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Australian organisations are overwhelmingly satisfied with their big data activities, yet are lagging behind international counterparts when it comes to seeing data as a significant source of value, a new report claims.
The Accenture Analytics Big Success with Big Data report found 78 per cent of Australian executives surveyed are either ‘very satisfied’ or ‘satisfied’ with their results from applying big data to their business, and 70 per cent rated big data as ‘very important’ or ‘important’ to their businesses’ digital transformation.
However, both of these lagged behind the global survey results of 92 per cent and 89 per cent, respectively, Accenture stated. In addition, 94 per cent of global respondents reported that their implementation is meeting their needs, and 94 per cent said big data is being used to identify new sources of revenue.
Among the top uses cases in Australia are identifying new sources of revenue (86 per cent), retaining and acquiring customers (80 per cent) and developing new products and services (80 per cent).
Yet only 58 per cent of Australians believed big data provided a significant source of value for their organisation, a far cry from the 82 per cent reported globally. And only 34 per cent of local organisations are likely to use big data to stay competitive. This contrasted with 58 per cent of global respondents.
While 36 per cent said c-suite and management extensively understood and supported big data initiatives, half said these executives only ‘moderately’ support such projects.
“There is a clear disconnect between the confidence Australian leaders have in big data solutions, and the value these solutions can deliver, particularly as organisations look to become more digital,” commented Accenture Analytics lead for Australia, Michael Pain.
“There is a direct correlation between leadership support and big data success. So for Australian organisations to drive real business outcomes, there needs to be alignment and investment in big data solutions both at a strategic and operational level.”
Over the next five years, two-thirds of Australian respondents said big data will have the biggest impact by ‘changing the way we organise operations’, indicating that many are still using big data primarily for efficiency and cost reduction or within siloed business functions. Sixty-two per cent said big data will benefit ‘customer relationships’, and 52 per cent saw it contributing to ‘product development’.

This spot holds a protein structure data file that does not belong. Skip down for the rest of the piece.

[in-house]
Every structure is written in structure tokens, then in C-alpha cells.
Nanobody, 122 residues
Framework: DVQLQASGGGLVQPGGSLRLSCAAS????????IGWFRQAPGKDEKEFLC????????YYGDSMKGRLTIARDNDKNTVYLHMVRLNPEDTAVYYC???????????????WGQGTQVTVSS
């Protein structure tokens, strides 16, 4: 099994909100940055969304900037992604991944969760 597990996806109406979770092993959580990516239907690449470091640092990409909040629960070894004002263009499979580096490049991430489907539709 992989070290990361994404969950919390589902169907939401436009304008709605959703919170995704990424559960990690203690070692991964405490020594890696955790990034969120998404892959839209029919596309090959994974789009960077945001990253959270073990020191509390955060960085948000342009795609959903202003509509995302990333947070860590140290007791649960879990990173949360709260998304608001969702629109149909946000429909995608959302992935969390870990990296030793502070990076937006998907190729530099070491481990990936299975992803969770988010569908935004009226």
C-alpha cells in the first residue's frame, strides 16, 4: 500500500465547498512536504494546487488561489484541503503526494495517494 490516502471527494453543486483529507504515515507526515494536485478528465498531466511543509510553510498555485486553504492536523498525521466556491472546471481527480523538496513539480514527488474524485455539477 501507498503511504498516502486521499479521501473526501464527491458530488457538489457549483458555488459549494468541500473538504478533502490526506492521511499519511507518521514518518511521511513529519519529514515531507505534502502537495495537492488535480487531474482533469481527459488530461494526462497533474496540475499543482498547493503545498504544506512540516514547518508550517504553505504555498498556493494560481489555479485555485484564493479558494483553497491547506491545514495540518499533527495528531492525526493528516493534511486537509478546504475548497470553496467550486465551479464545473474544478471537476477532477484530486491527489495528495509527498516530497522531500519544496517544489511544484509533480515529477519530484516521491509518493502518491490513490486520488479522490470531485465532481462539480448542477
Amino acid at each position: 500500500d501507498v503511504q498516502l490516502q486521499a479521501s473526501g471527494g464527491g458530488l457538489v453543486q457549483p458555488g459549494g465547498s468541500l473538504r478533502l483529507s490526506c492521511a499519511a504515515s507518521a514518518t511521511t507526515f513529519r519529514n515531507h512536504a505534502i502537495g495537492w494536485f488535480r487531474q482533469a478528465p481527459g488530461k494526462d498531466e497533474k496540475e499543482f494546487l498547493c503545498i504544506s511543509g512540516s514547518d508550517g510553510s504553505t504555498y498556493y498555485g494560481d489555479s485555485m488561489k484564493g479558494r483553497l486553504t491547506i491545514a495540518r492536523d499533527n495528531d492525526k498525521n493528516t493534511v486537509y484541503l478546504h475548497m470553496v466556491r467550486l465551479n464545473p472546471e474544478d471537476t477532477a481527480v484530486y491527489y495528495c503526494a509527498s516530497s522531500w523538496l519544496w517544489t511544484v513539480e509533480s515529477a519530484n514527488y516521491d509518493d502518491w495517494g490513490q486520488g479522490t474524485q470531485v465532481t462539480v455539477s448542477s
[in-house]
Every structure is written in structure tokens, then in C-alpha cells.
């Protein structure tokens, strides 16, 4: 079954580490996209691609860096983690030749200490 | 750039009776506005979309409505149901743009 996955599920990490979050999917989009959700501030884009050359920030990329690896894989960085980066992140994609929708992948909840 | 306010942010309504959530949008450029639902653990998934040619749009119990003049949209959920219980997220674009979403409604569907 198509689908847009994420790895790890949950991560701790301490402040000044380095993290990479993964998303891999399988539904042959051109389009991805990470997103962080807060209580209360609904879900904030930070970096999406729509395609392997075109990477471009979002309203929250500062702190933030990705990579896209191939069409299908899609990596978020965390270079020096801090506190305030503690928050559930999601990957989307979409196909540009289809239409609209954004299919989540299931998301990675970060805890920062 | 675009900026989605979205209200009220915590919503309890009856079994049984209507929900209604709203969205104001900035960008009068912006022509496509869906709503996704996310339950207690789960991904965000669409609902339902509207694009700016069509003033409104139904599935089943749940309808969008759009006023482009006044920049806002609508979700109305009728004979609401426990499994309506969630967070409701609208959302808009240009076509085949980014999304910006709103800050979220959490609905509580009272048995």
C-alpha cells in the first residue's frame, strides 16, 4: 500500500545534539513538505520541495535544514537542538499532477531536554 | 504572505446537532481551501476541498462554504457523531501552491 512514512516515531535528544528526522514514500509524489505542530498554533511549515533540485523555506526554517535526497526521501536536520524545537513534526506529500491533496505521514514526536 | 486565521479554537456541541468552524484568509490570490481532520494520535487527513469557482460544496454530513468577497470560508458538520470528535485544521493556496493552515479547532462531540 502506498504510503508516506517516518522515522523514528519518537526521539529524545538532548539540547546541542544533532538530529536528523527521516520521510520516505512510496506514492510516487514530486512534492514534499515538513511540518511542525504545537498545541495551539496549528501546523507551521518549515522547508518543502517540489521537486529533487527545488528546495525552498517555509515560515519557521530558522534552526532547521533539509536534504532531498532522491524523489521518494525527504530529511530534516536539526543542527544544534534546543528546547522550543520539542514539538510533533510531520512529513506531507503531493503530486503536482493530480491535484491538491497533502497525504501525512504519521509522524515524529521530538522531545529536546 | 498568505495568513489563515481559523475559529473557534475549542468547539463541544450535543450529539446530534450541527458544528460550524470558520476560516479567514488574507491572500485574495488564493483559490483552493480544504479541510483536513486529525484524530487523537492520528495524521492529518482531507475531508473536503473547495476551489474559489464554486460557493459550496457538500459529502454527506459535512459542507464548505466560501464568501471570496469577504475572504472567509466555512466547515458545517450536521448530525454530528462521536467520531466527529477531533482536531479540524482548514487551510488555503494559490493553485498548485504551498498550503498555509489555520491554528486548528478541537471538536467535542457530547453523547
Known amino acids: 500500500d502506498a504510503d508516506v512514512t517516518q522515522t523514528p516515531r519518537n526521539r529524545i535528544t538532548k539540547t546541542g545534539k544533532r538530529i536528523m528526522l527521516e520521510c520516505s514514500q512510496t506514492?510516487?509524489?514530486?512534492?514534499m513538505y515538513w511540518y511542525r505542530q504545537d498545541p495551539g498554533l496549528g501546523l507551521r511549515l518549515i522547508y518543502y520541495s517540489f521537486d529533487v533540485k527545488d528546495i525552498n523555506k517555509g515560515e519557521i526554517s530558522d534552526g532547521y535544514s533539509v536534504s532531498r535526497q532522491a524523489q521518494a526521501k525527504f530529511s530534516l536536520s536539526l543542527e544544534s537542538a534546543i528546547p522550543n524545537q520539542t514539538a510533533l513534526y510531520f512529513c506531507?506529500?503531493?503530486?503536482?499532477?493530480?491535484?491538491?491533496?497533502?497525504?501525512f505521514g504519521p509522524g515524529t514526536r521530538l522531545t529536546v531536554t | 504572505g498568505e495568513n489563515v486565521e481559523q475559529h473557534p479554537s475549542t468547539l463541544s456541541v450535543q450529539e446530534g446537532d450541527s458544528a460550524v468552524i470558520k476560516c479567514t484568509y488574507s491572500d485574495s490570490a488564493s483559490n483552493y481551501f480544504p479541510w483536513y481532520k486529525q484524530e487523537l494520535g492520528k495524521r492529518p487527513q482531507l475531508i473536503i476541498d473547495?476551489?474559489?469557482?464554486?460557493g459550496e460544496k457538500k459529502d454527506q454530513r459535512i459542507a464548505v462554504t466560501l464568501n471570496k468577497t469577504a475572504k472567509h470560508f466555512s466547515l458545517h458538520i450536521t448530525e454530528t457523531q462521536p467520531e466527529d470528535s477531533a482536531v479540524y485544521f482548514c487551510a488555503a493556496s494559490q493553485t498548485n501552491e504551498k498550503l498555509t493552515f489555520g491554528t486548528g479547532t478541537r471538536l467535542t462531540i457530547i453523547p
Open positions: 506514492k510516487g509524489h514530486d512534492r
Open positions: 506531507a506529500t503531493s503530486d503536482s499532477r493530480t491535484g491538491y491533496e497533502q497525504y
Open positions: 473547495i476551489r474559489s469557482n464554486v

More than half of Australian respondents cited budget as impeding big data projects, followed by integration with existing systems (48 per cent), security (44 per cent) and a lack of talent to run big data and analytics on an ongoing basis (42 per cent).
Globally, security was the top challenge, followed by budget. Notably, 41 per cent also cited a lack of talent to implement big data, and 37 per cent lacked the talent to run big data and analytics on an ongoing basis.
What was interesting was that 95 per cent of global respondents are relying on external help to make sense of big data. Fifty-seven per cent are using consultants to help their big data installation, 45 per cent have contracted new employees, and 34 per cent are relying on technology vendor resources to do the job.
The Accenture report is based on companies from 19 countries that have completed at least one big data implementation. Of the 2600 organisations chosen globally, executives from 1007 were interviewed between February and April this year.
Sources of big data nominated by respondents included large data files, advanced analytics or analysis, data from visualisation tools or social networks, unstructured data and geospatial/location information.
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